Our trip to Provence last summer was filled with times that Tom and I will always remember, times worthy of capture in a photograph—what advertisers once called “Kodak moments”. Each region of France offers delightful variations on a national theme of good eating, and we traveled to the Luberon with expectations for excellent wines and great food. In picture-perfect Provence, Wendy Jaeger of Bliss Travels introduced us to wonderful wines of the region and farther afield, in remarkably atmospheric locations.

The rosés of Provence

To many, Provence has long been the center of the rosé wine universe. Wines pale in color and high in quality were introduced to the region by the Greeks, and enhanced through Roman times and beyond with the introduction of vines from other parts of Europe. Winemaking monks in local abbeys established traditions that by the 14th century served kings and nobility. Replanting after the devastation of Europe’s phylloxera epidemic renewed the vineyards in the late 19th century and in the 1930s, Appellations d’Origine Protégée (AOPs)—there are now nine of them in Provence—were established to define requirements for production and terroir and brand the region for quality Provençal wine.

Today more than 80% of the wine produced in Provence is rosé. These versatile wines come in a range of colors, textures, and flavors. They tend to be fresh and crisp, and dry on the palate. I had expected good wine in Provence to mean rosé. It did. To my delight, Wendy introduced us to a wider range of flavors within the spectrum of rosé wines than I even knew existed.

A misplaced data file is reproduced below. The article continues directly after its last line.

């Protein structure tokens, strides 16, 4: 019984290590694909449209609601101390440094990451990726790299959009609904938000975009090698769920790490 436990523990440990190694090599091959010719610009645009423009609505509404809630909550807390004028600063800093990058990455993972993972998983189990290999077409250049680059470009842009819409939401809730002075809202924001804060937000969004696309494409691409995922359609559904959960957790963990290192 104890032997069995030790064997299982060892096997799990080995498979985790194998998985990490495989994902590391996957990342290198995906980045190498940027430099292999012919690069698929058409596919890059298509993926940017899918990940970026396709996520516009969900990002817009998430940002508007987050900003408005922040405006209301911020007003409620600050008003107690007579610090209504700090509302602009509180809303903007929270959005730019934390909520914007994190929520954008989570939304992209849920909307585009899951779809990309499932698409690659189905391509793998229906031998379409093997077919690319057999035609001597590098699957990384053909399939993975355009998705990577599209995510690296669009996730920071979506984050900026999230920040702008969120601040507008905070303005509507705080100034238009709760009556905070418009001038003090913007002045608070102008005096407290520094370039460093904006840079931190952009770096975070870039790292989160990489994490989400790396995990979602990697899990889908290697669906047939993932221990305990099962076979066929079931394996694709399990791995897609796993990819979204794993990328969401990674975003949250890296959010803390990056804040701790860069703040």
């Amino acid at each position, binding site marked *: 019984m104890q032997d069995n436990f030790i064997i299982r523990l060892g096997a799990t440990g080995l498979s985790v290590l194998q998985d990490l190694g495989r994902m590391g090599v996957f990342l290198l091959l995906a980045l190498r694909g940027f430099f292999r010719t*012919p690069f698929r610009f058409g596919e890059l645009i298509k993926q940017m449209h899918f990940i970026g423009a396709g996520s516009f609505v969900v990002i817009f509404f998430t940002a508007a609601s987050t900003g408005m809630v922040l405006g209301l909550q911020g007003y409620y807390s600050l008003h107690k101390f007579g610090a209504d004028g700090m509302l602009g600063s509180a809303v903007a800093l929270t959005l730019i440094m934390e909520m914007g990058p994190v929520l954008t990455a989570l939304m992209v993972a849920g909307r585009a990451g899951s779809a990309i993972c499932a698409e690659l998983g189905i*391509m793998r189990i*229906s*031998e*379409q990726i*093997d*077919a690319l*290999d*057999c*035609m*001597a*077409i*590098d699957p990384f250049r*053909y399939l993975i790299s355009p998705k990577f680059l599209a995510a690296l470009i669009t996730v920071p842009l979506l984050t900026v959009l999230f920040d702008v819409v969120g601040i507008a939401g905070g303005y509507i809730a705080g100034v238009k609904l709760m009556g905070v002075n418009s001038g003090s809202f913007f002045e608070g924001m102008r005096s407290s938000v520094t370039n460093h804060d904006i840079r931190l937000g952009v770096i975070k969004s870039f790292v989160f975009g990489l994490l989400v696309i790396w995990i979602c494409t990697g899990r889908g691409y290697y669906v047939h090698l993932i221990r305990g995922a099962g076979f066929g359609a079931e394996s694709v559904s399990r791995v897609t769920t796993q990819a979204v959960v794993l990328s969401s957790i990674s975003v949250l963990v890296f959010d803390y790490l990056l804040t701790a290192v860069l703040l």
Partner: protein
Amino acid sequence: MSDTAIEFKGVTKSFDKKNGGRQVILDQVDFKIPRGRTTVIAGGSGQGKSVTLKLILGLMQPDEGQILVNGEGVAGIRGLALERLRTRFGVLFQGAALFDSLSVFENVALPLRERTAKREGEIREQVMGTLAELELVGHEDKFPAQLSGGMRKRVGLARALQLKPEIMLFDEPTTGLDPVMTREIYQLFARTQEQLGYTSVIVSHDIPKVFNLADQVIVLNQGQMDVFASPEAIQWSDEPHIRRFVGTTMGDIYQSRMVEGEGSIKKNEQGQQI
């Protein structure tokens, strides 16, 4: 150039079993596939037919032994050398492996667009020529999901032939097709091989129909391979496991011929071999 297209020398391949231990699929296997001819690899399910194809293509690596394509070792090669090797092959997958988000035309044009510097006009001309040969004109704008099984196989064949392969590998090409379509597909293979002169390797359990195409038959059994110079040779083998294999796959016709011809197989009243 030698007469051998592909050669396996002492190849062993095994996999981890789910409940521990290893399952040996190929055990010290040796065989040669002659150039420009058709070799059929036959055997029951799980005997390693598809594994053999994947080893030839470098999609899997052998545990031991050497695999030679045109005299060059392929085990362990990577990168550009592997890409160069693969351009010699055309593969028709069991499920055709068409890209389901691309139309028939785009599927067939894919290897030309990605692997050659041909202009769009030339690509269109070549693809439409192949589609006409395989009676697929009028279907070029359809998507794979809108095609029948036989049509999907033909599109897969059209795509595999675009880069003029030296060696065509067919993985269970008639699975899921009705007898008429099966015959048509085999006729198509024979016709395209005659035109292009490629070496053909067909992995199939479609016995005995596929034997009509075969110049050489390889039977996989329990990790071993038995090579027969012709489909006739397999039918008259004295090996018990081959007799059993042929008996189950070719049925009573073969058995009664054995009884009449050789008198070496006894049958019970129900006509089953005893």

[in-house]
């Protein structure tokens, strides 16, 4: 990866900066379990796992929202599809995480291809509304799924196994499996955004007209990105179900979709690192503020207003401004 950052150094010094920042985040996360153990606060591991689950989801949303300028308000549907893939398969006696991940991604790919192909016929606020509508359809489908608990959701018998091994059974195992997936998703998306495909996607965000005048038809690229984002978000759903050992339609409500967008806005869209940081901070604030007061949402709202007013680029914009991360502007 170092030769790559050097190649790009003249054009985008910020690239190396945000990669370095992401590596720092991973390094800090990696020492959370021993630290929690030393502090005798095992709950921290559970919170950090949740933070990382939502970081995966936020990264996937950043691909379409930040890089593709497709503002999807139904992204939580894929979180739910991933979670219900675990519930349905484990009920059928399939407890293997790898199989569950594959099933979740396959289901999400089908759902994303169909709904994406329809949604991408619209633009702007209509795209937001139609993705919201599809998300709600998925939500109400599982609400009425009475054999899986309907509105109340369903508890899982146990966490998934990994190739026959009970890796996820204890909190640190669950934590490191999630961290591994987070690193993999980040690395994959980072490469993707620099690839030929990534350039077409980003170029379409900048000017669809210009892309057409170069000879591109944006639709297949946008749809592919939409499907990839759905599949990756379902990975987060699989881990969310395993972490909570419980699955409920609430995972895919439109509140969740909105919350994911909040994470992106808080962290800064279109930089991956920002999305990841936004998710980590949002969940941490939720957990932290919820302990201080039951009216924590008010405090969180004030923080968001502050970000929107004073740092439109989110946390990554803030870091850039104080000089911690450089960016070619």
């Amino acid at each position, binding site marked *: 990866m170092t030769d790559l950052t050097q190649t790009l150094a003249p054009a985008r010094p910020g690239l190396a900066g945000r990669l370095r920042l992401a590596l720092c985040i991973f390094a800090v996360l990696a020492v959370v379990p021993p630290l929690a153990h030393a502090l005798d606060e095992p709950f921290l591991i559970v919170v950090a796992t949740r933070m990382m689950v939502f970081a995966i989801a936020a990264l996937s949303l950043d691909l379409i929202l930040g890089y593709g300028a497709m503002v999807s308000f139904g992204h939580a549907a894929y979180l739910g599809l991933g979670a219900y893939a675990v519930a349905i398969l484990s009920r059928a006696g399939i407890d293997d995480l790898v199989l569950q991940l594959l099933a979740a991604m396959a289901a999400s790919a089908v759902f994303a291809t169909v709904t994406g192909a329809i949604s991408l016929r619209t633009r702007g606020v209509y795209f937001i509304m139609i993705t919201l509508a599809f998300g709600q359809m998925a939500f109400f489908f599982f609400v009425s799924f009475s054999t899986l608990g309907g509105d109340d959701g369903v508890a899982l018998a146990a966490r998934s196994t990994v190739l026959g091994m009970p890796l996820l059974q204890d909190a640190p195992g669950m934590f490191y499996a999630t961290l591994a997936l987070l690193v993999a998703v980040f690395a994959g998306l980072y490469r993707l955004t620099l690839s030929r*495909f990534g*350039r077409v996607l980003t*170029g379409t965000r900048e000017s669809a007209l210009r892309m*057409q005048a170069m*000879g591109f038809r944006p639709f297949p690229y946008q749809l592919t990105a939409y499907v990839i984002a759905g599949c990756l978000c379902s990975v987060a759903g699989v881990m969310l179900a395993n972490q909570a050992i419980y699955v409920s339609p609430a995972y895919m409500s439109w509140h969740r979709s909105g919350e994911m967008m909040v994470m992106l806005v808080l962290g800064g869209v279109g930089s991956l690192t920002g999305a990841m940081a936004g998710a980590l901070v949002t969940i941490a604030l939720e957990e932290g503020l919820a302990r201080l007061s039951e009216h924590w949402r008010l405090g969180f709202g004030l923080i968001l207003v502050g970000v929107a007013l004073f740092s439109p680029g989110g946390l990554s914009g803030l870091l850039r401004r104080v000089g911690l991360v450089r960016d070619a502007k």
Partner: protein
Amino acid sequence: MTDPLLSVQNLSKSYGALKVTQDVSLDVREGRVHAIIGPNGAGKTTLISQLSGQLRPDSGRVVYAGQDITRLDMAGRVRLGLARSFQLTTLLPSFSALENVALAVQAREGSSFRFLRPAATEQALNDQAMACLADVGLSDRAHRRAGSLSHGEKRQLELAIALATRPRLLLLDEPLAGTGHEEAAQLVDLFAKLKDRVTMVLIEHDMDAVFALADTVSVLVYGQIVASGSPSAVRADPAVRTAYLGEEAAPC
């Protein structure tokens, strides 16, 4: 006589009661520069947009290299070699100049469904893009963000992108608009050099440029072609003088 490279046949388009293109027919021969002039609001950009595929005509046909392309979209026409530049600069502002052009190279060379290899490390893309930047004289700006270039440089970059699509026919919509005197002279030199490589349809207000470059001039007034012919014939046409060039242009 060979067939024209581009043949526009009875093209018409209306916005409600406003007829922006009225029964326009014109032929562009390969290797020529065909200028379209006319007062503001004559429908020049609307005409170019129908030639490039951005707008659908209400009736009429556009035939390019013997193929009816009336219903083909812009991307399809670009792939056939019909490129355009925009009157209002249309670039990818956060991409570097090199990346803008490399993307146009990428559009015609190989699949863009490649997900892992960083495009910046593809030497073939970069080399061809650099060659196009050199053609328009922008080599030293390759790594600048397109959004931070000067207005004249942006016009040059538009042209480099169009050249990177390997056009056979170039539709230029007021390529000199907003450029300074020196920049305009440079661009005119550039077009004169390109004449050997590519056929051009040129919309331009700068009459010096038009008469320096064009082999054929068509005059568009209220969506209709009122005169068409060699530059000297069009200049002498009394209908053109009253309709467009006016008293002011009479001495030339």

Provence roses come in a range of colors, textures, and flavors. They are perfect for a lingering luncheon under the region’s intense blue skies and bring out the best of a fiery sunset.
Many bell towers in Provence are open to the mistral, a strong cold north-westerly wind that blows through the Rhône valley and southern France towards the Mediterranean, mainly in winter.

Atmospheric locations

A hallmark of Bliss Travels destinations is the direct routing to some of France’s most atmospheric locations. A simple aperitif of pink-tinged rosé enjoyed on a hillside amongst the stones of ancient bories came with a stunning Luberon view, a soft breeze and a strumming guitarist.

A couple of days later, wine tasting with a sommelier in a cave in Lourmarin was accompanied by an array of nibbles, set out on tables made of wine barrels. All kinds of local products—jams, confits, honey and more—were available in the shop.  After the tasting, we had some time to explore the quaint streets of the town.

Our most elegant meal began with an aperitif in a castle garden filled with Roman and medieval ruins and concluded with dinner in a Michelin-starred restaurant surrounded by art.

Tasty bites to enjoy with our wine tasting in Lourmarin
How better to enjoy a glass of wine than on a summer afternoon with a view like this

Food pairings

At table—for evening meals, Sunday lunch, and our fancy dinner—wines shared top billing with food. The emphasis here was on elegant and memorable pairings. Slow, family-style luncheons came with carafes of the house wines, each one a fine match for the meat and fish dishes we enjoyed.  One wine I especially enjoyed: an organic rosé, Chateau La Canorgue.

When I think of wine and Provence, rosé is first and foremost.

Wine appreciation

Chef Celine Ramillon

On our last day in the Luberon, we were treated to a wine-tasting in an art gallery, surrounded by the fine art photography of Esther Sobin. Wendy Jaeger teaches and writes about wine, and she had selected a range of wine types for us to sample. Her choices showcased some of the best vintners in the French regions she tours with clients, and each wine was paired with tasty bites from Chef Celine Ramillon.